“We all have privilege,” Milgrom said. “How can you manifest that for good?”

Right problem, wrong solution

Rana Nawas, host of podcast When Women Win, shared her frustration that she had been hearing the same conversations about unconscious bias for more than 20 years.

“We are tackling the right issue, but we are not doing the right things to change the process,” Nawa said, adding that “inclusion is key.”

Renee Carr, Executive Director at Fair Agenda, said building power was critical to achieving gender equity.

“What does it take to win? All parts of the social change puzzle working together,” Carr said.

“Right now, a key challenge is to hold the Government accountable with Brittany Higgins. We need a spotlight on Parliament to change the way they do things, and it shows how relevant this change is to those who have experienced harassment or violence in the workplace.”

Jess Scully, Deputy Lord Mayor of Sydney, called for “truly representational politics”.

“The typical Australian is a 38-year-old woman and the typical politician is a white man named Andrew who is in his 50s, owns property, and has two kids, and two degrees,” Scully said.

“If we address systemic issues, we create change.”

On the topic of mental health, Zak Williams, co-founder of PYM Health and son of the late Robin Williams, spoke directly about the devastating impacts of inadequate support.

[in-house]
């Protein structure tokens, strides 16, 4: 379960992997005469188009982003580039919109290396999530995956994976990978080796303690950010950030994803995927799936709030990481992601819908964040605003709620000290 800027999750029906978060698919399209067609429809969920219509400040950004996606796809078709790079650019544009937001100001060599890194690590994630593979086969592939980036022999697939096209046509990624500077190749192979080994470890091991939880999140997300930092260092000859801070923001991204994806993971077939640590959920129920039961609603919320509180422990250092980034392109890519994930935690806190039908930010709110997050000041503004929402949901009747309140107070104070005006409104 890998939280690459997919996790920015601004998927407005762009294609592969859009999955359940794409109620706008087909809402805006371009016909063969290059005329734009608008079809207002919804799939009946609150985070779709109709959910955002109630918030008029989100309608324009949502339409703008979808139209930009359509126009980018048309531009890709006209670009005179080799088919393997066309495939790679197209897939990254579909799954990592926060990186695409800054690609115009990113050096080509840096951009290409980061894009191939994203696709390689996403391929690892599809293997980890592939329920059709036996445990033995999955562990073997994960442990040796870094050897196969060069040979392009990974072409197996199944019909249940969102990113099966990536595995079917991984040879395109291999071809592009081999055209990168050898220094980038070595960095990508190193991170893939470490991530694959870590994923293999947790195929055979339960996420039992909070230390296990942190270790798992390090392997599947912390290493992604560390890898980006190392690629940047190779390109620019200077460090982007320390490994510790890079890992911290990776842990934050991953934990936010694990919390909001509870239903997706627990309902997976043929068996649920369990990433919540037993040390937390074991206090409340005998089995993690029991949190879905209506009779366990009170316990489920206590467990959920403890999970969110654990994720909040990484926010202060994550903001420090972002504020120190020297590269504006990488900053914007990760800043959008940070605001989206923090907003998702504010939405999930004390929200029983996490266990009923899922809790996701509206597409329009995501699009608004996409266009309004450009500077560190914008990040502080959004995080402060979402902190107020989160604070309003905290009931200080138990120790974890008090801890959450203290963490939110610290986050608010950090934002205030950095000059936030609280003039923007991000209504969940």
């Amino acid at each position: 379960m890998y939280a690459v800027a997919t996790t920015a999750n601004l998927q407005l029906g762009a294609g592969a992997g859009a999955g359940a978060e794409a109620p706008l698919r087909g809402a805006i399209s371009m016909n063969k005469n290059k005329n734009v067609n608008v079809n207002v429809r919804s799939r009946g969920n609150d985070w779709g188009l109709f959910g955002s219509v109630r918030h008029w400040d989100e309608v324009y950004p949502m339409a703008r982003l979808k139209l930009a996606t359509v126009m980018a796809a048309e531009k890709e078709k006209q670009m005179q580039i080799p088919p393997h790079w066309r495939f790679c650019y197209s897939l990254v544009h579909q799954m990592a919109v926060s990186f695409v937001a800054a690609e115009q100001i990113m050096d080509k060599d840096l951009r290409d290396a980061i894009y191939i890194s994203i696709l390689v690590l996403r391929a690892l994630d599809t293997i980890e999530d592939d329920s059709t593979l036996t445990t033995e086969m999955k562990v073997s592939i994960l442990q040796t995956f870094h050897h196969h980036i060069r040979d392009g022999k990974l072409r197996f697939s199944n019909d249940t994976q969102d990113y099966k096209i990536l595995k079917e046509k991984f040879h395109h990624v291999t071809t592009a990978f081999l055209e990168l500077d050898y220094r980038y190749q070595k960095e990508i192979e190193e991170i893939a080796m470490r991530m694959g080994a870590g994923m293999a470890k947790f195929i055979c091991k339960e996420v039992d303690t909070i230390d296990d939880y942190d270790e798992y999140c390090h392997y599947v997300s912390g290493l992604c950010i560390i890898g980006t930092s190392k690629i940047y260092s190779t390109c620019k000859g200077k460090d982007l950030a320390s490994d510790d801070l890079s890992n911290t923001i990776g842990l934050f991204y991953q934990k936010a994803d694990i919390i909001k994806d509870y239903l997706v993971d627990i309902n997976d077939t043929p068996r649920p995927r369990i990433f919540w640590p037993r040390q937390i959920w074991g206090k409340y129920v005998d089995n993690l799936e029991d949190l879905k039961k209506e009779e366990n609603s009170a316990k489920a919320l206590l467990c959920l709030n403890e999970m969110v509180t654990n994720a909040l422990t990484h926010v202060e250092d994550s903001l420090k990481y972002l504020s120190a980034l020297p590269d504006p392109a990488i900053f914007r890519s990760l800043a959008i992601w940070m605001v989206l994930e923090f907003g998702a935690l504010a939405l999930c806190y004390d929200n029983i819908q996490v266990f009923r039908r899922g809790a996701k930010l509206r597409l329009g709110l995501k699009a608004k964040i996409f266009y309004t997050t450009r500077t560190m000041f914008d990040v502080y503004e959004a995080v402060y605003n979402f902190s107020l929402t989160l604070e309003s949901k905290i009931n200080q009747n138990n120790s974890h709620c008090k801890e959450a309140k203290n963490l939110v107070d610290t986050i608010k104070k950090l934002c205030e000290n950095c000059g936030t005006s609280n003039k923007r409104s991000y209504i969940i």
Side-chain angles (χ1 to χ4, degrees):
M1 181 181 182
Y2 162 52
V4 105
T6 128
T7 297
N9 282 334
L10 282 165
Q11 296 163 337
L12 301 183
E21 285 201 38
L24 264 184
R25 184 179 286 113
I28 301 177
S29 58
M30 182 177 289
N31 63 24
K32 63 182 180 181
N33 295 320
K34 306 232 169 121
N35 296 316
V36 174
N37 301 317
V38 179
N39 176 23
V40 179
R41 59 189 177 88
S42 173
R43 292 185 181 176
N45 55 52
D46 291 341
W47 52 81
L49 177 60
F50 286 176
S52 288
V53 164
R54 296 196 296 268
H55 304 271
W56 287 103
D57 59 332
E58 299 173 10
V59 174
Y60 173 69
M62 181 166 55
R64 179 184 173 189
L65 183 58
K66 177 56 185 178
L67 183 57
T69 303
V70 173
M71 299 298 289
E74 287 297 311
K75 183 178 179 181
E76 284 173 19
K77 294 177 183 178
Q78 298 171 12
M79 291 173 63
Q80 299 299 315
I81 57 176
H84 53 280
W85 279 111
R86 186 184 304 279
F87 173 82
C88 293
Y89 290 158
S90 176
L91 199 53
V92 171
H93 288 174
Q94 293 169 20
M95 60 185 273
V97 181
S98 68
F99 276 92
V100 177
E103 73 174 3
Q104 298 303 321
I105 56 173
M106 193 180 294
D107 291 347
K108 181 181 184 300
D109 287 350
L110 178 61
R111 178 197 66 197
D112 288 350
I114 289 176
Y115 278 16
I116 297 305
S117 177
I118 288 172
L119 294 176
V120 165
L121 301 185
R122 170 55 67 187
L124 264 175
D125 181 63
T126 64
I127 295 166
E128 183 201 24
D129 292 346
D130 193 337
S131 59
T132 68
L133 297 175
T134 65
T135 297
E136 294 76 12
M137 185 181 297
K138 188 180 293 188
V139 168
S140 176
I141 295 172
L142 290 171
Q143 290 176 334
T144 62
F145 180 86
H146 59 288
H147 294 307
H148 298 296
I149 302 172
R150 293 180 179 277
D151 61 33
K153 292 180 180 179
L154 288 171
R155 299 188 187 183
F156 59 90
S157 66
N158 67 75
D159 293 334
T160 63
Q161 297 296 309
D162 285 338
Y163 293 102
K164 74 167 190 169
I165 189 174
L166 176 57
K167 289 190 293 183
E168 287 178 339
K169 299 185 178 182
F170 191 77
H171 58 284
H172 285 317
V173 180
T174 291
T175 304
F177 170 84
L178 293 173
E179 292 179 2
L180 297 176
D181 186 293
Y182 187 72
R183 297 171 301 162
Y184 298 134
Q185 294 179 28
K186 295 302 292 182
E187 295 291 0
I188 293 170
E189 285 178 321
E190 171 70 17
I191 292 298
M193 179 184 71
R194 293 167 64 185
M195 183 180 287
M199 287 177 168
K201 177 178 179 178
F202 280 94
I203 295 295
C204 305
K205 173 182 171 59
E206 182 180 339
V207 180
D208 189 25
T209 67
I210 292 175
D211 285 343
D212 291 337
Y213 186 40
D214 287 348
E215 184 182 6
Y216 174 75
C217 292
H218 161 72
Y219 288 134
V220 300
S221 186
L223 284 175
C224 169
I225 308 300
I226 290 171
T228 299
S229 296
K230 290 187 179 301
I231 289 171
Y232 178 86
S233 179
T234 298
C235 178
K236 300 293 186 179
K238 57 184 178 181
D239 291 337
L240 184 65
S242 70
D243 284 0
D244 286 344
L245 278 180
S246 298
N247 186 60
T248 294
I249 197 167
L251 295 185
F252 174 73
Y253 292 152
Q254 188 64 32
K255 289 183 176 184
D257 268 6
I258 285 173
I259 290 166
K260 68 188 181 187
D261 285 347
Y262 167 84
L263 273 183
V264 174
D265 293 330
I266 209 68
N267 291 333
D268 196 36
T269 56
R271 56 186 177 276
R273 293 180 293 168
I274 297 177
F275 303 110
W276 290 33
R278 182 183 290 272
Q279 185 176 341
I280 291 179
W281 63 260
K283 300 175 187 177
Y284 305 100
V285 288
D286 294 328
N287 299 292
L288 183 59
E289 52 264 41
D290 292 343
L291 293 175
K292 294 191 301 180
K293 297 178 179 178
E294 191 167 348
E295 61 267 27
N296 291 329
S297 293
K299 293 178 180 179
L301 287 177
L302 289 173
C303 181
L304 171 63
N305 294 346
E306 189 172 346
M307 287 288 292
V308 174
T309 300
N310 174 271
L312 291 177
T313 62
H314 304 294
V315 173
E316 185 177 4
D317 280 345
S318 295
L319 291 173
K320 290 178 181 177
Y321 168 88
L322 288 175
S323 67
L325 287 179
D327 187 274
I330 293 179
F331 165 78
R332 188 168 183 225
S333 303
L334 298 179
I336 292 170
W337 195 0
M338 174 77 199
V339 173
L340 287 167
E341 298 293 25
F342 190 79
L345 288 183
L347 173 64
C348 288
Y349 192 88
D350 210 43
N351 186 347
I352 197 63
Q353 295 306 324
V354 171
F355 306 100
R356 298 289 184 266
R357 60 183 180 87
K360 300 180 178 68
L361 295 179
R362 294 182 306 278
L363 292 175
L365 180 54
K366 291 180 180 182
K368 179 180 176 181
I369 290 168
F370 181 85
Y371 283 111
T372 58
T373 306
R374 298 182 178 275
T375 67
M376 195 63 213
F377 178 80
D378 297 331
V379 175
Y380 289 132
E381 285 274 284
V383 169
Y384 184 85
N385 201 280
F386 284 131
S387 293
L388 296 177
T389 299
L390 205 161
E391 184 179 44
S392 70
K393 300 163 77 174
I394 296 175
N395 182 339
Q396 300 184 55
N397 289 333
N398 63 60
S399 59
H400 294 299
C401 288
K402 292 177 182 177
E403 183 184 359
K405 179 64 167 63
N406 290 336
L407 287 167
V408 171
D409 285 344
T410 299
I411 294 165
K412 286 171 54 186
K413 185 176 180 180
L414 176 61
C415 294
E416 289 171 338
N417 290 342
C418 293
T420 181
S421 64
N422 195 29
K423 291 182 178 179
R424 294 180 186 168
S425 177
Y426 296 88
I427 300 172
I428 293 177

“If there’s not [mental health] support for communities nationwide and globally, what ends up happening is a general degradation of everything else,” Williams said.

“We’re looking not only at a parallel pandemic, but a shared trauma.”

NEXUS delegates at the Opening Ceremony of the NEXUS 2021 Australia Summit in Melbourne

Tearing a hole in the tapestry of life

Legendary conservationist and United Nations Messenger of Peace, Dr Jane Goodall, DBE joined the Summit from the UK with an urgent message of change.

“We are not separate from the natural world, we are part of it – we depend on a healthy ecosystem,” she cautioned.

“As an animal species goes extinct, it’s as though we’re tearing a hole in the tapestry of life.”

Referencing the interconnectedness of all living creatures, Goodall said she hoped the pandemic “is a wake-up call telling us we really need to find a new way of living” before listing three problems humanity needs to overcome:

  • Alleviating poverty: “If you are poor, you buy the cheapest in order to survive.”
  • Lifestyle: “How often do we buy things we don’t need? Do we really need to buy so many new clothes, so many new shoes?”
  • More sustainable ways of living: “People don’t need three or four houses.”

Illuminating the truth

The need for truth-telling despite its discomfort was a key takeout from the Summit. Marcus Whitney, founding partner of Jumpstart Health Investors, an early-stage health innovation venture firm, said the murder of George Floyd was life changing for many.